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Teacher’s notes included in the Notes Page. Flash activity. These activities are not editable. Useful websites for further information. Icons key: For.

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Presentation on theme: "Teacher’s notes included in the Notes Page. Flash activity. These activities are not editable. Useful websites for further information. Icons key: For."— Presentation transcript:

1 Teacher’s notes included in the Notes Page. Flash activity. These activities are not editable. Useful websites for further information. Icons key: For more detailed instructions, see the Getting Started presentation. Accompanying worksheet. © Boardworks Ltd 20091 of 25 Food Types and Properties Food Technology

2 © Boardworks Ltd 20092 of 25 Learning objectives By the end of this unit, you will: Be able to identify the different functions of certain ingredients. Assess the appropriateness of different ingredients in different recipes. Develop new recipes from different ingredients. The key concepts covered are: Designing and making Critical evaluation.

3 © Boardworks Ltd 20093 of 25 Making a cake

4 © Boardworks Ltd 20094 of 25 Making a cake

5 © Boardworks Ltd 20095 of 25 Victoria sponge maker

6 © Boardworks Ltd 20096 of 25 Ingredients in recipes have a particular function. These might be: physical – affects the structure of the food – the flour in the cake sets the foam and holds the cake together sensory – gives colour, flavour or texture – the sugar in the cake makes it taste sweet nutritional – added for its food value, e.g. eggs are a source of protein. An ingredient may have different functions when used in different recipes. Function of ingredients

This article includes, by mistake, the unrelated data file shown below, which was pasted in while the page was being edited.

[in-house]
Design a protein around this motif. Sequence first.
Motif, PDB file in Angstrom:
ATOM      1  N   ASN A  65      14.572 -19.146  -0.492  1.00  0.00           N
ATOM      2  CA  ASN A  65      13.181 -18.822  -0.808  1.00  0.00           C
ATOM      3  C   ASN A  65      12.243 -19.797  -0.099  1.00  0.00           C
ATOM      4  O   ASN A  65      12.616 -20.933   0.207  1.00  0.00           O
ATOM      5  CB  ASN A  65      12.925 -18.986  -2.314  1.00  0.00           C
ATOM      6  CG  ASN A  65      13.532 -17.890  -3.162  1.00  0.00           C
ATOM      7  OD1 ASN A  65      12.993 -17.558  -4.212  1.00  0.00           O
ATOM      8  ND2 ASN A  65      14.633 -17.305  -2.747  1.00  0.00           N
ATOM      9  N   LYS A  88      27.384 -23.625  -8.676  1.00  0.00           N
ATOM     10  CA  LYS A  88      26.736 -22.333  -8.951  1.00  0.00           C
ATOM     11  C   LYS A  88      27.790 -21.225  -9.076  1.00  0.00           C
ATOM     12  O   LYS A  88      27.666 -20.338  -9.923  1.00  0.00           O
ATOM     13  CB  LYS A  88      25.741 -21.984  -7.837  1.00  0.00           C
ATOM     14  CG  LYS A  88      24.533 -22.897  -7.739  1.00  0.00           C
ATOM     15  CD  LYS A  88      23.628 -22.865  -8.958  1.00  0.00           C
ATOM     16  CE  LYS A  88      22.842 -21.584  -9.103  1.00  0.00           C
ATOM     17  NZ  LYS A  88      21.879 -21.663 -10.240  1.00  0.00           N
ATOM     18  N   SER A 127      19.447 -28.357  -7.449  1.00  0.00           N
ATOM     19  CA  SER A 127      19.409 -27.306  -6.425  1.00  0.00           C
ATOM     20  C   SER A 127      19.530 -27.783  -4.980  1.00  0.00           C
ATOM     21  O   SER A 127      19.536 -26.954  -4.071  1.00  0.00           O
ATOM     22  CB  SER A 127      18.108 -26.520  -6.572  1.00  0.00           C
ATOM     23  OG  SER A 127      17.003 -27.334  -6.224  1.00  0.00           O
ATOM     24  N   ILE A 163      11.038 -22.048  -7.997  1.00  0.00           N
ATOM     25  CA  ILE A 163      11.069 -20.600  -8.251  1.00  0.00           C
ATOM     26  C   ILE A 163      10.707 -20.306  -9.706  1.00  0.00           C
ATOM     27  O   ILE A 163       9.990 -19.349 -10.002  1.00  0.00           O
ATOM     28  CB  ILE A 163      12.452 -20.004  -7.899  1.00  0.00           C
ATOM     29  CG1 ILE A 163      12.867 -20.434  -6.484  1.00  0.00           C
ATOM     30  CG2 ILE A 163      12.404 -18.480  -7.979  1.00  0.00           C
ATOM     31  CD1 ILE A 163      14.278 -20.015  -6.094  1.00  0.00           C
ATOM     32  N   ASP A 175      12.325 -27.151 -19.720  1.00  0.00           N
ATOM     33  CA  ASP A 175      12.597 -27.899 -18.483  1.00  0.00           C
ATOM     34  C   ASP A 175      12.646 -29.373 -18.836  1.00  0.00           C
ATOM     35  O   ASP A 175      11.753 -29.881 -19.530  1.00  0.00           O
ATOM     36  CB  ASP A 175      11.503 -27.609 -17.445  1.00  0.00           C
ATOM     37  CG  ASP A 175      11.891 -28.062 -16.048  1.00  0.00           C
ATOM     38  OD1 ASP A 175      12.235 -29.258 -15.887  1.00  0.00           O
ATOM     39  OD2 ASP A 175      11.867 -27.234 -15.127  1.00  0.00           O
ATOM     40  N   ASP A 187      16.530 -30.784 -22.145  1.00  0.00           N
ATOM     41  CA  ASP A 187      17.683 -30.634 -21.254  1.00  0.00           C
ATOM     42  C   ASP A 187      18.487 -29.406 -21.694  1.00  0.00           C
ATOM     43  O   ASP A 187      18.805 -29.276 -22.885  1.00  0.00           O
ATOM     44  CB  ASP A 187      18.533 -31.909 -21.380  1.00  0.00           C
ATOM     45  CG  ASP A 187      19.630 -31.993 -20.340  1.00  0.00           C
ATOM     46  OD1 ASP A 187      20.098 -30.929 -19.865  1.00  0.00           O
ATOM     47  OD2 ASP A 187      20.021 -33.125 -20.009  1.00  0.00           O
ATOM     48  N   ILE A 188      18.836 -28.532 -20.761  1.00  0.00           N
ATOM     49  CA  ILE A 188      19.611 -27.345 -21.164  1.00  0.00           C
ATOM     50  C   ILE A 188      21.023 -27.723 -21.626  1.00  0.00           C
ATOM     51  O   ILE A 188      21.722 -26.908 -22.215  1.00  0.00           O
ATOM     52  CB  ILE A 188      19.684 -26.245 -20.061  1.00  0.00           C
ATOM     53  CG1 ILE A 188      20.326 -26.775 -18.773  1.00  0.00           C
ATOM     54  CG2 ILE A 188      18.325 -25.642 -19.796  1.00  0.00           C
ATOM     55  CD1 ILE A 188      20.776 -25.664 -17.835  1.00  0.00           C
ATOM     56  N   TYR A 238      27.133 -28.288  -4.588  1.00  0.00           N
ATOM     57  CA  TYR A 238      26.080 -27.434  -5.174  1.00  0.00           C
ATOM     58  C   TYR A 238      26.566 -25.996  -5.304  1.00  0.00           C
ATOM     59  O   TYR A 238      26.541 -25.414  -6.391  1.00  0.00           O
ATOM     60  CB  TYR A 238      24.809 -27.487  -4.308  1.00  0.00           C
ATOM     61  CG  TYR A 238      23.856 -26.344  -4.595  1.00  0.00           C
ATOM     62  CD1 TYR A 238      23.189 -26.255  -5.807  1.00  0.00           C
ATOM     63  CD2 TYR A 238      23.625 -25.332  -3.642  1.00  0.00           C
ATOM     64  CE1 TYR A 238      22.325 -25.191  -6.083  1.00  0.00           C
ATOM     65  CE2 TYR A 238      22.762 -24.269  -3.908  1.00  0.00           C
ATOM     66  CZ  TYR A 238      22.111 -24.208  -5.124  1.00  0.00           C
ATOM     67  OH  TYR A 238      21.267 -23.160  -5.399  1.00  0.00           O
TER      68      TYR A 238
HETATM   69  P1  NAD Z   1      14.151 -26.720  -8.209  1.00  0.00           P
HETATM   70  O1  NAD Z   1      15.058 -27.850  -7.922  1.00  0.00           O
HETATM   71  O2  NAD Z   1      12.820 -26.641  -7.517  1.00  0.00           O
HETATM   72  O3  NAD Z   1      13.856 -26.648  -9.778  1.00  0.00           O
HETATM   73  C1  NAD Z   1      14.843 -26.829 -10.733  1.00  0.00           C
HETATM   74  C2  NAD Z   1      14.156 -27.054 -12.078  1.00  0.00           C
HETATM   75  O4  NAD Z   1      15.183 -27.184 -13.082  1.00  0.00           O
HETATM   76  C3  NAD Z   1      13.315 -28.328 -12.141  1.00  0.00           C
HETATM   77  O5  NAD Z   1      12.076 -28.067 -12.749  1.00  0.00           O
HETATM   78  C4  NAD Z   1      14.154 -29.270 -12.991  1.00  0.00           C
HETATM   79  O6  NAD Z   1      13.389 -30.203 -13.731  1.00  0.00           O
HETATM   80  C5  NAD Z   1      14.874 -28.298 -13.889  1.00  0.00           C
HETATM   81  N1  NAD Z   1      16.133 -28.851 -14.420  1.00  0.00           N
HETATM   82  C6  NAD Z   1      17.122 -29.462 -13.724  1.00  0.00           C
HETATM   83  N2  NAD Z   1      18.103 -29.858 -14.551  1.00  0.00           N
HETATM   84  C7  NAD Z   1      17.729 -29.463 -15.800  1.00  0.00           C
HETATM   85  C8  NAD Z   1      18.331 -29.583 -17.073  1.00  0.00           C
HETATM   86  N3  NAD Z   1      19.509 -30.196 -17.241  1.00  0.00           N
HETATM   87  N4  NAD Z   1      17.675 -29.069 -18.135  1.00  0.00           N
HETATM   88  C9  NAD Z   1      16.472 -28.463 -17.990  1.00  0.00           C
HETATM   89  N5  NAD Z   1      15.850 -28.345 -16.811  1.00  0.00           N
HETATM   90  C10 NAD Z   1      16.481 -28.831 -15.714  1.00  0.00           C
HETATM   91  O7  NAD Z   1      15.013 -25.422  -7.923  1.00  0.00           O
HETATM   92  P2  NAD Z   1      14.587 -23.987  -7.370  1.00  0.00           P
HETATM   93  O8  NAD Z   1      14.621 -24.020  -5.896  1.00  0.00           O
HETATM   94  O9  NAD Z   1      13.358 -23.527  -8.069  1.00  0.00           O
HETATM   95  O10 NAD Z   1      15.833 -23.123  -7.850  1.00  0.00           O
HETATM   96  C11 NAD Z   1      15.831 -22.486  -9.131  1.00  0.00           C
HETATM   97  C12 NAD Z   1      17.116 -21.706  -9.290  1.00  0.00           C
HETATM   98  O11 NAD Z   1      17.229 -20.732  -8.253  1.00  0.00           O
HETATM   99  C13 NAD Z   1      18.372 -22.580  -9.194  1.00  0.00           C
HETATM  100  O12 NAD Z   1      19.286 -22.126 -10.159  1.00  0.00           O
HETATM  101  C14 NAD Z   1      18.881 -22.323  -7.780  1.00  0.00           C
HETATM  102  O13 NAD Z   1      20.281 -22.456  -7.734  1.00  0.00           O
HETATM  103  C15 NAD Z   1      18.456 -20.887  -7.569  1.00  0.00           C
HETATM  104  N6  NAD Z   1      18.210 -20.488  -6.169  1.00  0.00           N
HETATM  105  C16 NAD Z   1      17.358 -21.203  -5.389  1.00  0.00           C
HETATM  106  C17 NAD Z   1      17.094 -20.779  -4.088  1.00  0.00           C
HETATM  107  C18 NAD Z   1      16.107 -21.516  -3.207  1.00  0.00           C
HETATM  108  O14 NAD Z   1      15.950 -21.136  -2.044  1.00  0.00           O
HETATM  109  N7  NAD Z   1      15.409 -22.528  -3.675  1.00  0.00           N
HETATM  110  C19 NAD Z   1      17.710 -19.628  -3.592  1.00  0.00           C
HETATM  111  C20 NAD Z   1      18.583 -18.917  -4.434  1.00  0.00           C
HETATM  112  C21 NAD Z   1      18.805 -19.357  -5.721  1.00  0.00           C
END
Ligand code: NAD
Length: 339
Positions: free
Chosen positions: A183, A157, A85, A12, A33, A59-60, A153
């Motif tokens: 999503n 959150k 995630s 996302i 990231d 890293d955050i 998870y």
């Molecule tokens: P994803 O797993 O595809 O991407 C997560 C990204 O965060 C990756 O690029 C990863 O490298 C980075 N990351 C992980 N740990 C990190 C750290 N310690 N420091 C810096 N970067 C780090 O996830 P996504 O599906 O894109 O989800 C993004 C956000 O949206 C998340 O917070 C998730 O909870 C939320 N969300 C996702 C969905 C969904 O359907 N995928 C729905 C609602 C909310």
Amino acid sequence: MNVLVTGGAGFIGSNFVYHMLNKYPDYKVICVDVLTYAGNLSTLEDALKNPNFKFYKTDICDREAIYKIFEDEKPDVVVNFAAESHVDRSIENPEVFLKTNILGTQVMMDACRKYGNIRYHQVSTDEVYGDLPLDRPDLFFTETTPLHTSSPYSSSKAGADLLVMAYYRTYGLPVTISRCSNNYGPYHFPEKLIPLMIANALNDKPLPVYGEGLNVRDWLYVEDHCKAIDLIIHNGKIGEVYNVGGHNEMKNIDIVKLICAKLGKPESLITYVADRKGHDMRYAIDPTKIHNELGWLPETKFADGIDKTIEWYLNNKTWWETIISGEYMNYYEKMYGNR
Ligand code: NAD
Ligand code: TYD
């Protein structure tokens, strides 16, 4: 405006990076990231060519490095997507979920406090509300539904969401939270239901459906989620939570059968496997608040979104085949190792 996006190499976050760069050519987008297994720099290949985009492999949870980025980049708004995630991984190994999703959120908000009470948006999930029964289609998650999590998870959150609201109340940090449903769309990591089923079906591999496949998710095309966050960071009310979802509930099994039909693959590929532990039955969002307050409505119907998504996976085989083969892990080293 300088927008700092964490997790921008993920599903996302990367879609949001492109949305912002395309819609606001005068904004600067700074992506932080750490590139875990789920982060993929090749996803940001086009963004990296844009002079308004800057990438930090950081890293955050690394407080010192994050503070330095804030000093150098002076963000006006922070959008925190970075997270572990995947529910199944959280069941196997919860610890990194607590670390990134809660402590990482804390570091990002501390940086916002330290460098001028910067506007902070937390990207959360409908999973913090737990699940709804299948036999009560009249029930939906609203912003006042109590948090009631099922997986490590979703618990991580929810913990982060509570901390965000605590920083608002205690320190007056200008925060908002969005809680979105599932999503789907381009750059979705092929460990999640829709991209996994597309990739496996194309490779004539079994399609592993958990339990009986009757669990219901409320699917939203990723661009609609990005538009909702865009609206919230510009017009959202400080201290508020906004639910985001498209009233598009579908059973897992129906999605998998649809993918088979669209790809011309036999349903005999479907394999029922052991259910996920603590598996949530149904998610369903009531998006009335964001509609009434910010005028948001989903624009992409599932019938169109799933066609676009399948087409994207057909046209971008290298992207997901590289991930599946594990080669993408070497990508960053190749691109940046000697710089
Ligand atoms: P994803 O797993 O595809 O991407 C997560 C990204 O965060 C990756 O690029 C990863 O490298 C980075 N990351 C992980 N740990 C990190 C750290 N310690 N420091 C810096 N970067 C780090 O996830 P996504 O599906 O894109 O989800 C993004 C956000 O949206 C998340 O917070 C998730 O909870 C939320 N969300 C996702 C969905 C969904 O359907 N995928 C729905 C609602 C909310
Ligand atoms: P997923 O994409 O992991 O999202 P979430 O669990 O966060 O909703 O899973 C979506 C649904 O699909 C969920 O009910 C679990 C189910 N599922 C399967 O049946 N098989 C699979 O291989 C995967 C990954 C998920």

7 © Boardworks Ltd 20097 of 25 Function of carbohydrates

8 © Boardworks Ltd 20098 of 25 Function of carbohydrates

9 © Boardworks Ltd 20099 of 25 In coagulation, the heat makes the proteins in the egg uncoil and forms a solid structure. Raw eggs are runny, but when they are cooked the white changes colour and becomes solid. This is called coagulation. Sauces can be thickened using eggs, e.g. hollandaise sauce. Custards can also be thickened or set e.g. a custard tart. Eggs can also form a glue to bind ingredients, e.g. burgers. Function of protein – coagulation

10 © Boardworks Ltd 200910 of 25 Uses of coagulation

11 © Boardworks Ltd 200911 of 25 Kneading dough untangles the protein strands and develops the gluten. The gluten is strong and elastic, and holds the bread together. Gluten traps the gases that form in bread when you cook it. Strong flour has more gluten, and so is better for making bread than ordinary flour. Gluten is made when proteins from wheat flour are mixed with water. It is important when making bread. Gluten

12 © Boardworks Ltd 200912 of 25 Gelatine is a protein that can be used to set foods. It is extracted from the connective tissue in meat. When you make a jelly, you mix gelatine with warm water, which makes the protein chains unfold. As the jelly cools, the proteins form a network and the jelly sets. What do you think will happen if you heat the jelly up again? Gelatine